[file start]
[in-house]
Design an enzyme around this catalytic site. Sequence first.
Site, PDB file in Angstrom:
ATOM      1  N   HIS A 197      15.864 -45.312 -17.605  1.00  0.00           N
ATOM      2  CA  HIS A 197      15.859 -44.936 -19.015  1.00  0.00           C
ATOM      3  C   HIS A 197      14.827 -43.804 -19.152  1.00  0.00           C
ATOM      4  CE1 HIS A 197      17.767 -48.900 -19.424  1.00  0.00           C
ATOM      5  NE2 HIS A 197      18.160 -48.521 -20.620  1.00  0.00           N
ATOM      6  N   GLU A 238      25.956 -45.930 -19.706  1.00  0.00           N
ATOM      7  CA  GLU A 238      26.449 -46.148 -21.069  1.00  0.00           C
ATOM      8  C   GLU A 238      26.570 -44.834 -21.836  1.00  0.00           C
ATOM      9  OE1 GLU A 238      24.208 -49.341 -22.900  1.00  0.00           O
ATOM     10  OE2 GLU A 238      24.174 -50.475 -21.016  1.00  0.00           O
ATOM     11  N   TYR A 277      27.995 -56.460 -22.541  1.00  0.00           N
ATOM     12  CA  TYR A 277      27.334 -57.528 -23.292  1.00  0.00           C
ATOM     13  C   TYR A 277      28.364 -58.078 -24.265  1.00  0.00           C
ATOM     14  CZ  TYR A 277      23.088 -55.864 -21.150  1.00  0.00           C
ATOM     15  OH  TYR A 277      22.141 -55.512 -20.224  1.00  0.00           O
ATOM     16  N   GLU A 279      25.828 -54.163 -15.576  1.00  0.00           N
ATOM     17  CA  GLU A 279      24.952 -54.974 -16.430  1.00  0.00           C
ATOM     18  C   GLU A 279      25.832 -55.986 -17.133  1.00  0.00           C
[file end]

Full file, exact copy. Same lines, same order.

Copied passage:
[in-house]
Design an enzyme around this catalytic site. Sequence first.
Site, PDB file in Angstrom:
ATOM      1  N   HIS A 197      15.864 -45.312 -17.605  1.00  0.00           N
ATOM      2  CA  HIS A 197      15.859 -44.936 -19.015  1.00  0.00           C
ATOM      3  C   HIS A 197      14.827 -43.804 -19.152  1.00  0.00           C
ATOM      4  CE1 HIS A 197      17.767 -48.900 -19.424  1.00  0.00           C
ATOM      5  NE2 HIS A 197      18.160 -48.521 -20.620  1.00  0.00           N
ATOM      6  N   GLU A 238      25.956 -45.930 -19.706  1.00  0.00           N
ATOM      7  CA  GLU A 238      26.449 -46.148 -21.069  1.00  0.00           C
ATOM      8  C   GLU A 238      26.570 -44.834 -21.836  1.00  0.00           C
ATOM      9  OE1 GLU A 238      24.208 -49.341 -22.900  1.00  0.00           O
ATOM     10  OE2 GLU A 238      24.174 -50.475 -21.016  1.00  0.00           O
ATOM     11  N   TYR A 277      27.995 -56.460 -22.541  1.00  0.00           N
ATOM     12  CA  TYR A 277      27.334 -57.528 -23.292  1.00  0.00           C
ATOM     13  C   TYR A 277      28.364 -58.078 -24.265  1.00  0.00           C
ATOM     14  CZ  TYR A 277      23.088 -55.864 -21.150  1.00  0.00           C
ATOM     15  OH  TYR A 277      22.141 -55.512 -20.224  1.00  0.00           O
ATOM     16  N   GLU A 279      25.828 -54.163 -15.576  1.00  0.00           N
ATOM     17  CA  GLU A 279      24.952 -54.974 -16.430  1.00  0.00           C
ATOM     18  C   GLU A 279      25.832 -55.986 -17.133  1.00  0.00           C